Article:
When you have Parkinson’s Disease, the daily task of getting dressed can be a source of stress and frustration. You have very few stylish options, and are generally forced into wearing elastic-waist gym pants and soft, loose t-shirts. However, a recent competition for student designers aims to change that, and perhaps, bring attention to the challenges that older adults and people with disabilities face in a task that many take for granted: Choosing and dressing in stylish, wearable clothing.
Working in conjunction with Parsons School of Design at the New School in New York, AARP sponsored the “Disrupt Aging Design Challenge,” which awarded a $5,000 prize to a student designer whose collection fulfilled three criteria:
- Identify a critical design issue facing an aging population or user
- Research and develop a design that addresses the issue
- Produce a garment or product that solves the identified problem
Making It Work
The New York Times reported that 15 students who were part of a 12-week course run by Open Style Lab (a nonprofit whose mission is to design functional, but stylish, clothing for people with disabilities) participated in the challenge.
Students were paired with older collaborators, from an 80-year-old with Parkinson’s disease to a collective of former inmates over 50. They were looking for a range of solutions — coats that can be easily put on while in a wheelchair; outfits that allow for assistive devices and catheters and tops with necklines that stay open enough to easily pull over one’s head.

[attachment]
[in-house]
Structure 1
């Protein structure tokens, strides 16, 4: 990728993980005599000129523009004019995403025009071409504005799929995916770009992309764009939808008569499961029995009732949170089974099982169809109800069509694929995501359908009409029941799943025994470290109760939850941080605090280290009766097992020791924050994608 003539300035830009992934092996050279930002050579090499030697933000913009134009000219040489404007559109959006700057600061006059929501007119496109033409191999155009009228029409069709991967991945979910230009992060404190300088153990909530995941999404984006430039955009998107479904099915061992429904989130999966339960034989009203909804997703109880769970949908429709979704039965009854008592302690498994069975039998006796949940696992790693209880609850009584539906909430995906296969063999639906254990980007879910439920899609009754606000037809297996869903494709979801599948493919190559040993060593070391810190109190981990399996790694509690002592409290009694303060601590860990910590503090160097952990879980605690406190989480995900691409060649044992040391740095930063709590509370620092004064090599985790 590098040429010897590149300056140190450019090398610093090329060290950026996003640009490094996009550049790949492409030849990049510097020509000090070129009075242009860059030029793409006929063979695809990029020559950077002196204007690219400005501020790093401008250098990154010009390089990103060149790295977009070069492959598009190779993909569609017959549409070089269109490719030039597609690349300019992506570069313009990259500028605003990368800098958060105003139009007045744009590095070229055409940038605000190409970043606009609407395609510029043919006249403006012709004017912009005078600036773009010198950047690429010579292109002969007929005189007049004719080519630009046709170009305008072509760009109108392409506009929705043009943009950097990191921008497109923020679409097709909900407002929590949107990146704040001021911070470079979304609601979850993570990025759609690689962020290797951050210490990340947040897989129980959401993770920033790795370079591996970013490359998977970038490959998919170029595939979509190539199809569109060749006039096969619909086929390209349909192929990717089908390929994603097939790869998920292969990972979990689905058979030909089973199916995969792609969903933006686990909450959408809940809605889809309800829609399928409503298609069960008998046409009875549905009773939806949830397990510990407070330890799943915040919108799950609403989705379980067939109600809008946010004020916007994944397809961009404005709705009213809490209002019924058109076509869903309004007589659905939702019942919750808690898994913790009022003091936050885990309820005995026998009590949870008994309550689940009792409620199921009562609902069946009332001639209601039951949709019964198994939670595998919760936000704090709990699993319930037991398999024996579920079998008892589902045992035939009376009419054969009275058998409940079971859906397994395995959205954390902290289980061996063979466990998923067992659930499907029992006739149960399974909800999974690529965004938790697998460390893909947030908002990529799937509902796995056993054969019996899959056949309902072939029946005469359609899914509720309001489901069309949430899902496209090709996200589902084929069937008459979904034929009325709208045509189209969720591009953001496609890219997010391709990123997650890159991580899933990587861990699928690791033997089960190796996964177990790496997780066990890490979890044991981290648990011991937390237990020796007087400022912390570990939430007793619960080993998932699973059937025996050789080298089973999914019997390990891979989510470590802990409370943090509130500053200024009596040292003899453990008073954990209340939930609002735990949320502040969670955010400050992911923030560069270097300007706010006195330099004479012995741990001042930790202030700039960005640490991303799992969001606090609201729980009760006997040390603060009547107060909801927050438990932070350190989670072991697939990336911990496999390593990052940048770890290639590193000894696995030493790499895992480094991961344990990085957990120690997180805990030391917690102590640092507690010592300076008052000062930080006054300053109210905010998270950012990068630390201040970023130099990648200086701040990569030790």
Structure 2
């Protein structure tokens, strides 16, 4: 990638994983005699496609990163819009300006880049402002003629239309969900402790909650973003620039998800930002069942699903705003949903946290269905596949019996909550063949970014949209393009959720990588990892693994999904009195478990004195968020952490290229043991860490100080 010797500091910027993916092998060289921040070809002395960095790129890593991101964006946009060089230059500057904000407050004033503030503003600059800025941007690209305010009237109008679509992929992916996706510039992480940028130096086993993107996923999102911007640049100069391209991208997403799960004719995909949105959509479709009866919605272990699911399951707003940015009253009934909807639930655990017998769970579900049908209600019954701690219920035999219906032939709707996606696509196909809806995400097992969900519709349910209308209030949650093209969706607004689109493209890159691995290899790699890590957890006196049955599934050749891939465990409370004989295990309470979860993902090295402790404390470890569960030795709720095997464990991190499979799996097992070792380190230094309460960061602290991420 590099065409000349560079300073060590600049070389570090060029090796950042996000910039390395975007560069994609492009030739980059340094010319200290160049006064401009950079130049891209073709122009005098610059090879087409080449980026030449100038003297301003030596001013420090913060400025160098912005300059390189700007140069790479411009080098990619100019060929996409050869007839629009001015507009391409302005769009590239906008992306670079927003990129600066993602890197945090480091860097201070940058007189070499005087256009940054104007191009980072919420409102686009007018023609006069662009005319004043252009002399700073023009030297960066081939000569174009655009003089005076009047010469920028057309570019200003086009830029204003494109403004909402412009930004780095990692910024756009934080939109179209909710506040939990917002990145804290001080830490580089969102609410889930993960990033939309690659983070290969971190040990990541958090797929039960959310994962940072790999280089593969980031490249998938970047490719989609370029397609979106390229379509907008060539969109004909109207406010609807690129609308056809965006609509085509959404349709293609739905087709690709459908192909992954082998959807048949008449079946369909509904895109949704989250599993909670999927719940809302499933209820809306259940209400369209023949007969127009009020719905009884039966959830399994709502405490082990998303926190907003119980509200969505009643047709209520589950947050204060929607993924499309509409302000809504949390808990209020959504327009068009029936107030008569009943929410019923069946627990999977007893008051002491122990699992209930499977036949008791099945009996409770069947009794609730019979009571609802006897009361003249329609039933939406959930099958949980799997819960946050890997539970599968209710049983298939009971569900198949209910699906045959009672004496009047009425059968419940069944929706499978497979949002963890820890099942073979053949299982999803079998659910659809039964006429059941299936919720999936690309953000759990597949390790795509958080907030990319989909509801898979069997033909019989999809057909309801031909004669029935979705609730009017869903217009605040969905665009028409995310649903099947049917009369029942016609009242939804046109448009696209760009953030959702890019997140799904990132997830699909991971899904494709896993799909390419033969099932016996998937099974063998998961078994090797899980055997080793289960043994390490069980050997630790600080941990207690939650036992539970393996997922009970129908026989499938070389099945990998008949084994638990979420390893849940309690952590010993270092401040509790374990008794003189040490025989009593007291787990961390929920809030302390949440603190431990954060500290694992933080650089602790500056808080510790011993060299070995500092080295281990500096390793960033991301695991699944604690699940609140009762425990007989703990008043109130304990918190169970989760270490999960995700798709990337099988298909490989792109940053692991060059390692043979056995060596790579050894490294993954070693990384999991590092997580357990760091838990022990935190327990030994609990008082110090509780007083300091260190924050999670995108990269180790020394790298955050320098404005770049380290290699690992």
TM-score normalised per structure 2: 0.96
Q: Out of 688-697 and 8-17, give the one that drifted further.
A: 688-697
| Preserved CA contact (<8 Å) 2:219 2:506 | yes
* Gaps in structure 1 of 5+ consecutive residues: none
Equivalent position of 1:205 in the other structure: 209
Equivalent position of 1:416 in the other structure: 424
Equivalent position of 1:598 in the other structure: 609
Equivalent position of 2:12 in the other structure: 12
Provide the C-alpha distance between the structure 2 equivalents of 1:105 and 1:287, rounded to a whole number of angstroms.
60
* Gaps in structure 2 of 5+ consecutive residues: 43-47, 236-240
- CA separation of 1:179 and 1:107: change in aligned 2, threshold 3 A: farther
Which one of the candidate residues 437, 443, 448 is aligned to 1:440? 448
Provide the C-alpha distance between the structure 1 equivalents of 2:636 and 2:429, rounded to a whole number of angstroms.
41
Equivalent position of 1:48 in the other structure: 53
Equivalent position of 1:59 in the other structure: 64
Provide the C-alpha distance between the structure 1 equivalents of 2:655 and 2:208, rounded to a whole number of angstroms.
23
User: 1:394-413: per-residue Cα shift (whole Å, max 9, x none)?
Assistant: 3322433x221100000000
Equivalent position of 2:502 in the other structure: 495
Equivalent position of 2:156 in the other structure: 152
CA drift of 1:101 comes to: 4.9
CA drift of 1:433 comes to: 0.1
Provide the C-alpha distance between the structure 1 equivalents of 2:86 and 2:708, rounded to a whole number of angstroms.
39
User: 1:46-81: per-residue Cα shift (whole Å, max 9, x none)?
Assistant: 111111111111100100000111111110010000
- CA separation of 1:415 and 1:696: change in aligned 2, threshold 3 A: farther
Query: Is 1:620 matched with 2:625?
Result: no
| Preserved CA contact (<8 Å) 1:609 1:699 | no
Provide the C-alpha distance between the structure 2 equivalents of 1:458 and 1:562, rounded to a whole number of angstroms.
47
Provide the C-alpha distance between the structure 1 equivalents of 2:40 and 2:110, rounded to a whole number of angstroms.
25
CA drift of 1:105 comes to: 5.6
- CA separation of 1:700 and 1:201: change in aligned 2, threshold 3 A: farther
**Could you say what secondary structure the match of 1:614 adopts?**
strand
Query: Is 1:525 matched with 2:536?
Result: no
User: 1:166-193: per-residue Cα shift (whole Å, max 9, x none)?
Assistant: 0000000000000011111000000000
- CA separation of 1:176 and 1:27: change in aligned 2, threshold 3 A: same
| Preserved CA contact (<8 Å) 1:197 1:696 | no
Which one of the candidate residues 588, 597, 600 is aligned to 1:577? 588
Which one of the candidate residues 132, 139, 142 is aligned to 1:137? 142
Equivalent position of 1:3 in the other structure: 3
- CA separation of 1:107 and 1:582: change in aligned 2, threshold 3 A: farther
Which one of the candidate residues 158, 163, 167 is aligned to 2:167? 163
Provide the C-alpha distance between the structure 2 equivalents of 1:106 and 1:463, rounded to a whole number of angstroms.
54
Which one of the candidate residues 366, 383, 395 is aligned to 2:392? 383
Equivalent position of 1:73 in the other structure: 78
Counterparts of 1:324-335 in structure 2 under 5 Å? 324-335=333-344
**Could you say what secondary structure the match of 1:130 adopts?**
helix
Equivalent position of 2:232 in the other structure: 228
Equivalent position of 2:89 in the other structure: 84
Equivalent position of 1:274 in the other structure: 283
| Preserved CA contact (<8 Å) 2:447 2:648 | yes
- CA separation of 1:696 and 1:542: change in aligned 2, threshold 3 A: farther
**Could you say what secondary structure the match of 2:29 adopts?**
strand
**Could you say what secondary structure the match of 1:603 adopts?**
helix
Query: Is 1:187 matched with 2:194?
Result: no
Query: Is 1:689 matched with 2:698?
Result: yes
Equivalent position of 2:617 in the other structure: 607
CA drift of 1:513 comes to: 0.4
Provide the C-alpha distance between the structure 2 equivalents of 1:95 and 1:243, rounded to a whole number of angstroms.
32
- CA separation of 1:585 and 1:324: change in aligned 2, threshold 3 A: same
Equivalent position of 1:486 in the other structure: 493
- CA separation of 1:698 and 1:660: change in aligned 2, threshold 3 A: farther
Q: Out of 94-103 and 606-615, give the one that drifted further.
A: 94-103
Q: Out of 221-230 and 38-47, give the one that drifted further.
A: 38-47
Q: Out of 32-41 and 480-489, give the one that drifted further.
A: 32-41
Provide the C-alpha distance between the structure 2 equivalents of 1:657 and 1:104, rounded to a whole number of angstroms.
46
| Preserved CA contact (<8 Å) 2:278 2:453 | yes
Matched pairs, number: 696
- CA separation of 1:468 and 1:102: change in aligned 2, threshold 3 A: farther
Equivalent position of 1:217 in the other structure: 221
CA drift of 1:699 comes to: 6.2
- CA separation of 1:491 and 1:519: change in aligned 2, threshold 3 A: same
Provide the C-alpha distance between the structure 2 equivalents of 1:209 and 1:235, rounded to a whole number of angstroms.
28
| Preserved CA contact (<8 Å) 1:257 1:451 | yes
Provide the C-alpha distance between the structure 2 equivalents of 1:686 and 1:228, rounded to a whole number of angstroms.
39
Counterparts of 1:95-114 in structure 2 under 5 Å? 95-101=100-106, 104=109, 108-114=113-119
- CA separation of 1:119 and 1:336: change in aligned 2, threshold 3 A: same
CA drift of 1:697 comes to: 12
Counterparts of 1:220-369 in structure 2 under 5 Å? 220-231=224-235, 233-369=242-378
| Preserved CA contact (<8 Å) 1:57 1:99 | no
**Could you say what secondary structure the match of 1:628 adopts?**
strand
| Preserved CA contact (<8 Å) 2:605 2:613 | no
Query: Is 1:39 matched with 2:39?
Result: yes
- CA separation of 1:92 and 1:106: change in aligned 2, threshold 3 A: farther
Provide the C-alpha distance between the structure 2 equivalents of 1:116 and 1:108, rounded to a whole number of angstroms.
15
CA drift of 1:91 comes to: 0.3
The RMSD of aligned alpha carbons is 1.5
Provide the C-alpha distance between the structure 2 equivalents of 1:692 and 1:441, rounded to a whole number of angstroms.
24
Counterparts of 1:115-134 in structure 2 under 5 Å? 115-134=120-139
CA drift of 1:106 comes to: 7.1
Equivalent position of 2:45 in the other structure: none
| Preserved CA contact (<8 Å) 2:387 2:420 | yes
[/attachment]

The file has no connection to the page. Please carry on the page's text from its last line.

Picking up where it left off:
“Disability overlaps with aging and universal design,” Grace Jun, the executive director of the program, told the Times. “We need to see it as part of our life cycle. It’s something that we need to not only see from a human rights standpoint, but also for its economic value.”
Designs included a vest with an extended wingspan for users with skeletal issues; shoes with integrated navigation for the blind; buttonless apparel for degenerative disease sufferers and more.
The winning collection by Parsons senior Camila Chiriboga was a means of tagging garments so they would be easier to identify and understand for anyone who is visually impaired or blind.
“With this collection, I set out to explore the ways in which fashion could expand beyond its visual language to include the senses of touch, smell, sound,” Chiriboga said in an AARP press release. “What better way to do it than to work with a community, mostly comprised of people over 50 who have slowly lost their sight due to age or age-related diseases, that have been excluded from the visual system of fashion until this point?”
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